Around this time it all got too much for Aaron and he left. He was only meant to fill in on drums anyway. So we went through a spate of auditioning new tub thumpers until we ended up with a giant Polish man who loved weed, booze and was the nicest guy you’ll ever meet. He worked in a tedious job and only cared for making music. Snap.

For most of that time Rob had been putting together a side project, partly out of frustration at our slow progress. Uh oh, I’d seen this before. Slowly he put a band together until they were ready to gig, then exactly at that moment announced he was quitting CS. Motherfucker. I knew it. Remember when I said two bands is always an unsustainable situation? Well, shit. Call me a genius.

Final CS line up leaving rehearsal studios in Borough

We muddled on for a good few months more. Song changes, line up changes. I wouldn’t let this band, the only one I had true fun in, disappear because someone pulled a Tim. Turns out you can’t hold on forever. We had to rewrite most songs to remove Rob’s bass lines. We had to get new vocals and new lyrics. We had to meet up more than once every six weeks. There was no rescuing it. I quit at the beginning of 2016 in a burst of determined change. Gutting.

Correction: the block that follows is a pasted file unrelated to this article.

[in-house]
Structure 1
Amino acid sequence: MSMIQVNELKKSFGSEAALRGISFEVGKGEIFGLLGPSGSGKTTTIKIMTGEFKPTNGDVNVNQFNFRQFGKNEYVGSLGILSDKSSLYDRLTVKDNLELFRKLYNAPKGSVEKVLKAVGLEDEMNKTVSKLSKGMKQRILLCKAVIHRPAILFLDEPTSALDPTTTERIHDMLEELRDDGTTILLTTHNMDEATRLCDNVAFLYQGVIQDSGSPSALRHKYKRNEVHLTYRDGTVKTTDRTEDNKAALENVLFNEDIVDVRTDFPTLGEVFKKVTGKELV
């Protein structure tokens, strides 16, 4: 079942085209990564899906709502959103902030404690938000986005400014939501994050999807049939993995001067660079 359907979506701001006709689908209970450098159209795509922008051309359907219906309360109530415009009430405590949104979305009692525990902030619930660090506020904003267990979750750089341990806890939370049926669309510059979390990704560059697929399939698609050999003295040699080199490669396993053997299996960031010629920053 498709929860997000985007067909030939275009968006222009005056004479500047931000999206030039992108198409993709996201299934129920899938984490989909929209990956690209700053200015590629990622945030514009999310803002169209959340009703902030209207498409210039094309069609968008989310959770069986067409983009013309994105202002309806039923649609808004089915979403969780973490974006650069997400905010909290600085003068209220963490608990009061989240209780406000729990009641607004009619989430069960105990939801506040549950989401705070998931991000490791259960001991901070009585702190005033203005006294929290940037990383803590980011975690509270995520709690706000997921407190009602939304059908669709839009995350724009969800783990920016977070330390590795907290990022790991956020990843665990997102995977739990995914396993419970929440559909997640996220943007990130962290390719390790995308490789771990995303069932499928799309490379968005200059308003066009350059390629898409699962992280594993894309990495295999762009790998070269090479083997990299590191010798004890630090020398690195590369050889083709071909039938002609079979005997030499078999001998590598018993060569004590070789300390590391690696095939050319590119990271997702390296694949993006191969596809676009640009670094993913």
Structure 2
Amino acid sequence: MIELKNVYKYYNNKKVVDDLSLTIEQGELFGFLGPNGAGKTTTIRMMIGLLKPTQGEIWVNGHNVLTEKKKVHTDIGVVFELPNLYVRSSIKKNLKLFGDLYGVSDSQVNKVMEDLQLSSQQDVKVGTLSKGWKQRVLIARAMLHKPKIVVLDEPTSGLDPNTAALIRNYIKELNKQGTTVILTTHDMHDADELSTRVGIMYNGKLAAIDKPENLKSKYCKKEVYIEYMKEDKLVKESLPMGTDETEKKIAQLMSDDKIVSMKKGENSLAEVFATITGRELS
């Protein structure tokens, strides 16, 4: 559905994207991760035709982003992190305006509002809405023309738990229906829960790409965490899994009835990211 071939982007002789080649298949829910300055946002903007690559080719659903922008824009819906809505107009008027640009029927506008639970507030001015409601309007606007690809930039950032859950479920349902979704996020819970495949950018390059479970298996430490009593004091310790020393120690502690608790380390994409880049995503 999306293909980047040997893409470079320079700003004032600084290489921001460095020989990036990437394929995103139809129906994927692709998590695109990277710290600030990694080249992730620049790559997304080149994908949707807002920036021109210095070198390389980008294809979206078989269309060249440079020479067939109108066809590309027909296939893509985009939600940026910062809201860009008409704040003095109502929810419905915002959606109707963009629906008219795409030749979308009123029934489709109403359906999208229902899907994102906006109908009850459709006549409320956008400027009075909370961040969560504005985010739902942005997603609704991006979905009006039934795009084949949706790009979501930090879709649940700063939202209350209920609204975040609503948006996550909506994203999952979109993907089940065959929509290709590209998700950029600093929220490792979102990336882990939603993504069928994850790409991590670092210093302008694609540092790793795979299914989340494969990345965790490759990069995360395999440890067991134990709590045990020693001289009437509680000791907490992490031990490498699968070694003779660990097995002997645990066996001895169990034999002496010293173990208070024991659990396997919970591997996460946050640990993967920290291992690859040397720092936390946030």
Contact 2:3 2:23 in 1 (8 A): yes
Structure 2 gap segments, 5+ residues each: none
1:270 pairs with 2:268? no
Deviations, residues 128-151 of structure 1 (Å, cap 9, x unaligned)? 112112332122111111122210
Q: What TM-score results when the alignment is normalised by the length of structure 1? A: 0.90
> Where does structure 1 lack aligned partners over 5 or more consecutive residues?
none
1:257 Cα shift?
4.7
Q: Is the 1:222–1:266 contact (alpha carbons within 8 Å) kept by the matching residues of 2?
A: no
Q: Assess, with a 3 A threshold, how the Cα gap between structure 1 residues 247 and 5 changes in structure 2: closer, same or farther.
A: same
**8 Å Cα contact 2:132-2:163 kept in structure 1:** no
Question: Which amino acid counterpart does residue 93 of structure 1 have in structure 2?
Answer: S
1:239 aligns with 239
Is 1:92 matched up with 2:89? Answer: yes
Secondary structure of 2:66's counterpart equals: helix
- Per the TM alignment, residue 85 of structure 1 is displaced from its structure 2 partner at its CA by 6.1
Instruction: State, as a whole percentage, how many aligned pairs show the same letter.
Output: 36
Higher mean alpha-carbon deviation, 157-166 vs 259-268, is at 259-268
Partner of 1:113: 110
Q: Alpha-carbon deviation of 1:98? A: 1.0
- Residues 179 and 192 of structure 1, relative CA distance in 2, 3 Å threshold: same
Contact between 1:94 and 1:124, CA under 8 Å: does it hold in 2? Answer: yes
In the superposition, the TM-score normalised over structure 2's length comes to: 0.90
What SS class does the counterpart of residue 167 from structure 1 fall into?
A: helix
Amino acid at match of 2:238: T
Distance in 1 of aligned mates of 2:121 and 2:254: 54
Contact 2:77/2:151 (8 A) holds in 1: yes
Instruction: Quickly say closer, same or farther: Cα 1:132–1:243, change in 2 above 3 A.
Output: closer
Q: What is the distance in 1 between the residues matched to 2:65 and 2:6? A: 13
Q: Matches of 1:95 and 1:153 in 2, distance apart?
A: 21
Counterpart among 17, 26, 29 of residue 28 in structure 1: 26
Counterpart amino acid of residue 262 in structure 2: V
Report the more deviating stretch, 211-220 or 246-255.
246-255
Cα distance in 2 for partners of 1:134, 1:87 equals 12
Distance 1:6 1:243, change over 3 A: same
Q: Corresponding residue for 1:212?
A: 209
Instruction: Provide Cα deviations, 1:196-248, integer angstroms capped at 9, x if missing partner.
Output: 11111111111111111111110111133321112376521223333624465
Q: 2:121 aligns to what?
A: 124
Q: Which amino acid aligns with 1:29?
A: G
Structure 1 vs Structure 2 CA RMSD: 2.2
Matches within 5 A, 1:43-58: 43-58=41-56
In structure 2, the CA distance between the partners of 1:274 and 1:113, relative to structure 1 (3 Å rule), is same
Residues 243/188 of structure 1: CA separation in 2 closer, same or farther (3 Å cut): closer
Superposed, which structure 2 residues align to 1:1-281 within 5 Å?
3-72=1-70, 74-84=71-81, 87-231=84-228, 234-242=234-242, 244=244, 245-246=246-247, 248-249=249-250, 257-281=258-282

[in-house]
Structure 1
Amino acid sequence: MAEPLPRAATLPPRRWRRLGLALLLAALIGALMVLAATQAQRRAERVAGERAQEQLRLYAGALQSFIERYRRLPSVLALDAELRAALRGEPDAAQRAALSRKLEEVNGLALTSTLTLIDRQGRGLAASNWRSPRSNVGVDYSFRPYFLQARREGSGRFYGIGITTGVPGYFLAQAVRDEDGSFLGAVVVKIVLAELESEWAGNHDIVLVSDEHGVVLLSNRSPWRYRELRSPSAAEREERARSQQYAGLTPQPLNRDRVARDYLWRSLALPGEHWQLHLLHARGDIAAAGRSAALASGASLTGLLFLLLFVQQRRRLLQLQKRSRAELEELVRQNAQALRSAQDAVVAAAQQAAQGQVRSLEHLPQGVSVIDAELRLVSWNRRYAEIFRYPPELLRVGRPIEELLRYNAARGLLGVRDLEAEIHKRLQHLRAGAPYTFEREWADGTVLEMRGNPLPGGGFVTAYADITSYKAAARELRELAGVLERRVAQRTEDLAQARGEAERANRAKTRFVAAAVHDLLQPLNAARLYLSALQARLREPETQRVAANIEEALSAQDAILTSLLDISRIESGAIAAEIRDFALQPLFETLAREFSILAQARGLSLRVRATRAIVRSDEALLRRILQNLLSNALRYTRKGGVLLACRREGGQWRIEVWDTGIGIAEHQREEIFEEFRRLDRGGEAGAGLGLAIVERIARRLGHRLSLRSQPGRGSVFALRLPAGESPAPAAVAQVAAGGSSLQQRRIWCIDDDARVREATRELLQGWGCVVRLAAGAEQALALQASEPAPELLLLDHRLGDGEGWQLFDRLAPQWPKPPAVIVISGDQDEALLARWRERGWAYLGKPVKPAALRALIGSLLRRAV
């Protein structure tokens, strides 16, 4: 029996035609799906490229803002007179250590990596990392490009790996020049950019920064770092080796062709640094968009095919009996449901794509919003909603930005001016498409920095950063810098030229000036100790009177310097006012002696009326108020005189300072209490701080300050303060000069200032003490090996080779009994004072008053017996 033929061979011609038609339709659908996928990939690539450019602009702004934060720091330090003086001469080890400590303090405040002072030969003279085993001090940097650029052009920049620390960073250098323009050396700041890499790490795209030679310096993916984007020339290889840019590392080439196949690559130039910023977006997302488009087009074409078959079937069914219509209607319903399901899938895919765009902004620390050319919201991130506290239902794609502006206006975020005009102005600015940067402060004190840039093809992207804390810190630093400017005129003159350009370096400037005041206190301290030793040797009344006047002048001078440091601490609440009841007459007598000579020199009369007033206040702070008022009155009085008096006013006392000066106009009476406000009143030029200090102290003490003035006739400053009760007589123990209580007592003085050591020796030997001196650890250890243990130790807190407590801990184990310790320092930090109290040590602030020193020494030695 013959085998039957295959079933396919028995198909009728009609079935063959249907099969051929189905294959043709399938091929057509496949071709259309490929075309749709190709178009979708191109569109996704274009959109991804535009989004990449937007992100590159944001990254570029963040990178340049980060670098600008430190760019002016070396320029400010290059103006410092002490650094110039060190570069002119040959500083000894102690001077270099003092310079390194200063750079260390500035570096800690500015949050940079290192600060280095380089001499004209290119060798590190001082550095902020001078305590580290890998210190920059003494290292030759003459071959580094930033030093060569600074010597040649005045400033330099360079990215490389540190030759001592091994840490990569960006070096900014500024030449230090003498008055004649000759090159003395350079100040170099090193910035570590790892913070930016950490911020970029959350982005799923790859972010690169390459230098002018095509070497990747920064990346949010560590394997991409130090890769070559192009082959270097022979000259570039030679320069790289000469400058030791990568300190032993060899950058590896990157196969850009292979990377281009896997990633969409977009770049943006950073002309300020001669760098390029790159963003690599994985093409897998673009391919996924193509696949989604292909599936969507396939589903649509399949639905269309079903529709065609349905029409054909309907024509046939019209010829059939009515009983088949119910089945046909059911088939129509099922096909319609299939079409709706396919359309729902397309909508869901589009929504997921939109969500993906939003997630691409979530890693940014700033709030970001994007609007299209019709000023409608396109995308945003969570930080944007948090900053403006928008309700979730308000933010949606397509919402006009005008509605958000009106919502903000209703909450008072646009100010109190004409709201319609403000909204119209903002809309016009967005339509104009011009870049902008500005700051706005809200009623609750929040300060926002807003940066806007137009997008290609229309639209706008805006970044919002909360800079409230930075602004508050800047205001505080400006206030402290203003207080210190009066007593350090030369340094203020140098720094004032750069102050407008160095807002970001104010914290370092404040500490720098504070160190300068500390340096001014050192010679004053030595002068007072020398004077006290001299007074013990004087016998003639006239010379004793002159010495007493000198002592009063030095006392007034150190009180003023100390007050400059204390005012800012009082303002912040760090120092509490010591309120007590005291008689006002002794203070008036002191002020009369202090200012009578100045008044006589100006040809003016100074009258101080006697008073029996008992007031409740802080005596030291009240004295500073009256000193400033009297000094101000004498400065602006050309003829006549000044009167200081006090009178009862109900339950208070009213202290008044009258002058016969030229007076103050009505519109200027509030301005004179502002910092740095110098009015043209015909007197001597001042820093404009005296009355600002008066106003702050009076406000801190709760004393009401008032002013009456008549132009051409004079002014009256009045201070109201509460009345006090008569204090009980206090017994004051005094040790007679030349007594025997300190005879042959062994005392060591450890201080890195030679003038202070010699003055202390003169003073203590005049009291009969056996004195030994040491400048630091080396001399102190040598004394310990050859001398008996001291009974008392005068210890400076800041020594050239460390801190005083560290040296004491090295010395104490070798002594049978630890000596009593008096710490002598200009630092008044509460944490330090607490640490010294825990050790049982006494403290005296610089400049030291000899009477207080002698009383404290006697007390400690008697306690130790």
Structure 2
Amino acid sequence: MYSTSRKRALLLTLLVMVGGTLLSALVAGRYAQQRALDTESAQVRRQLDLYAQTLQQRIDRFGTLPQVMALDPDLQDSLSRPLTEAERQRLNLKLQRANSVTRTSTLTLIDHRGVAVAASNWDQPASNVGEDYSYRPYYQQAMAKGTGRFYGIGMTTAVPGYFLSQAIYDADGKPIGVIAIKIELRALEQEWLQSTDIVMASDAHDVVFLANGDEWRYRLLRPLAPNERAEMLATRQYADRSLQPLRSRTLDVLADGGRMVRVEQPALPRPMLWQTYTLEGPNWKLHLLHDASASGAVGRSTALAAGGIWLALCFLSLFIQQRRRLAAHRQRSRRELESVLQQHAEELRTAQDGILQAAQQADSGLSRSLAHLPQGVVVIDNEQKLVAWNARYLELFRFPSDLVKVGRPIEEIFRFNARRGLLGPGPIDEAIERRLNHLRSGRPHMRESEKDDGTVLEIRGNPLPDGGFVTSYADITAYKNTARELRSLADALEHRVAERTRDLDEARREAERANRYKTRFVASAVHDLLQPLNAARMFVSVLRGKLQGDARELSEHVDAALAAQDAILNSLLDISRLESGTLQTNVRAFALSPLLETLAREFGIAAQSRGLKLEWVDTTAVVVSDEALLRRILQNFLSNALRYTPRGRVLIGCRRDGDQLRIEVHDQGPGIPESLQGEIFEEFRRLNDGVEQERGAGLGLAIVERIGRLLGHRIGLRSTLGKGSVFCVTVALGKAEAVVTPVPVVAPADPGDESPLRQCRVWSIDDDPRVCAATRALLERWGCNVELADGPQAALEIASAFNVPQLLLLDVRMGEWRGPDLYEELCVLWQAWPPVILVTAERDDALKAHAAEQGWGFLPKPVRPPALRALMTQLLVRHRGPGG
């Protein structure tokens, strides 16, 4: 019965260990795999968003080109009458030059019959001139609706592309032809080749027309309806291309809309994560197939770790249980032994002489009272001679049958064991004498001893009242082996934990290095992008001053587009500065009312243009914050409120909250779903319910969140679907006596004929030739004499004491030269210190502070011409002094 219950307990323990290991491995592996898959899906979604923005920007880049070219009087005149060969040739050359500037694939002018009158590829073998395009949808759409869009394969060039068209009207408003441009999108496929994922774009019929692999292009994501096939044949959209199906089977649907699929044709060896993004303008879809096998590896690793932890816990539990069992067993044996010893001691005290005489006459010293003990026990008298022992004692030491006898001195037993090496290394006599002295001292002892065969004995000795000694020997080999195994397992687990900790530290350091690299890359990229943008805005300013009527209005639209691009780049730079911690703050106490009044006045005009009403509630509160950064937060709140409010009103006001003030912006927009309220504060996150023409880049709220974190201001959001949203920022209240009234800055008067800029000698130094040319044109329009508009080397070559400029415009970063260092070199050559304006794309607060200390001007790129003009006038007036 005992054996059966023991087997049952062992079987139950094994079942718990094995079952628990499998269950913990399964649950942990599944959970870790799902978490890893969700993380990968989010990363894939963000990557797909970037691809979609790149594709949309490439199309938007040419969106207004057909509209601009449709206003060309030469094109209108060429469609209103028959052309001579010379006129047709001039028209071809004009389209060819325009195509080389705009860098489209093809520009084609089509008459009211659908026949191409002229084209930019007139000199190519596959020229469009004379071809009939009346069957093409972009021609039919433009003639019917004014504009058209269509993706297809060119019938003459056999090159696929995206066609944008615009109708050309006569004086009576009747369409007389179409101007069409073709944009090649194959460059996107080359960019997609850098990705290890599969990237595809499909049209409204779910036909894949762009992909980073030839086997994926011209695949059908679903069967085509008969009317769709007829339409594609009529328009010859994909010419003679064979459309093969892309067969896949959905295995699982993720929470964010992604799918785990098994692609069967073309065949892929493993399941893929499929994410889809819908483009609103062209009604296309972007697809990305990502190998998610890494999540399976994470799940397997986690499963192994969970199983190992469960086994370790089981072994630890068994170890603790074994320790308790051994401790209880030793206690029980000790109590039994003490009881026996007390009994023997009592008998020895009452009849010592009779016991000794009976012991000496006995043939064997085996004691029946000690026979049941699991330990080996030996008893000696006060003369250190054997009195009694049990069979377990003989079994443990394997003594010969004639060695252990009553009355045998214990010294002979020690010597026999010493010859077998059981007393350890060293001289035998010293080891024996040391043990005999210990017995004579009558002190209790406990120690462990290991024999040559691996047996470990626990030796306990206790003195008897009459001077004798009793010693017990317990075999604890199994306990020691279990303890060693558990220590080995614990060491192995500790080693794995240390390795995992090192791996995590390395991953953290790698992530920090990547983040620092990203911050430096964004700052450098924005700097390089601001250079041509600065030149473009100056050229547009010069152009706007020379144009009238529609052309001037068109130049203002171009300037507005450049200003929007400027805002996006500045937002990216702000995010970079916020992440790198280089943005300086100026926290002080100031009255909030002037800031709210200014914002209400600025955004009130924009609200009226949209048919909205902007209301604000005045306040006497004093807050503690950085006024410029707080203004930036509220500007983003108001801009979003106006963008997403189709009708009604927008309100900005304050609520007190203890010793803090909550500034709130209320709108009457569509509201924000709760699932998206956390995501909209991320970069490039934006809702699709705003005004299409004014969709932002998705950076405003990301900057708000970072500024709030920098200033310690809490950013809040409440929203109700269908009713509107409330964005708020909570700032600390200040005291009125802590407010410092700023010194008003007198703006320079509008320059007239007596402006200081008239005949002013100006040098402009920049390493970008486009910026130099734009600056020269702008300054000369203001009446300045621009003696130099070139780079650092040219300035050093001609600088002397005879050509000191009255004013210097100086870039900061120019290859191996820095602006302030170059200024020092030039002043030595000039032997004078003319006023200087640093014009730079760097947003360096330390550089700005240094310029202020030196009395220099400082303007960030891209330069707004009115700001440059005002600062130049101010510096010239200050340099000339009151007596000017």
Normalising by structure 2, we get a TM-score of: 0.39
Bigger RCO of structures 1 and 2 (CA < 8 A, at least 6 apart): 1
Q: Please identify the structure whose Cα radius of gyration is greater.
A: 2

So that is that. Approximately 17 years with nothing to show for it apart from some terrible recordings and this story. This, my budding, eager, musical friends is the real reality of being in bands. You don’t get laid, you don’t get paid, you don’t get signed, and you don’t get no satisfaction. Think I didn’t want it enough or that this won’t be your story? Tell that to the 200 odd bands I crossed paths with who you’ll never hear about again. Tell it to the same faces I saw on the toilet circuit on and off for years. Tell it to yourself in a decade.

But don’t be dismayed. Do it for the experience, it’s honestly great. But anyone who works at it for all those years then says they’re not even a tiny bit bitter about not getting signed or even recognised for their efforts is a liar. Then again, we all lie to ourselves, it makes life so much easier. Perhaps it wasn’t my fault after all. Maybe I can still blame Tim.

Talking of which, Tim and I are firm friends again. We even started a new band together in 2015. We auditioned a bunch of people but he said no to all of them. Never change, Tim. I called it a day before we got in too deep. Here’s another truth, I’m at an age now where I’d rather have my old friend in my life than yet another shitty, shitty EP.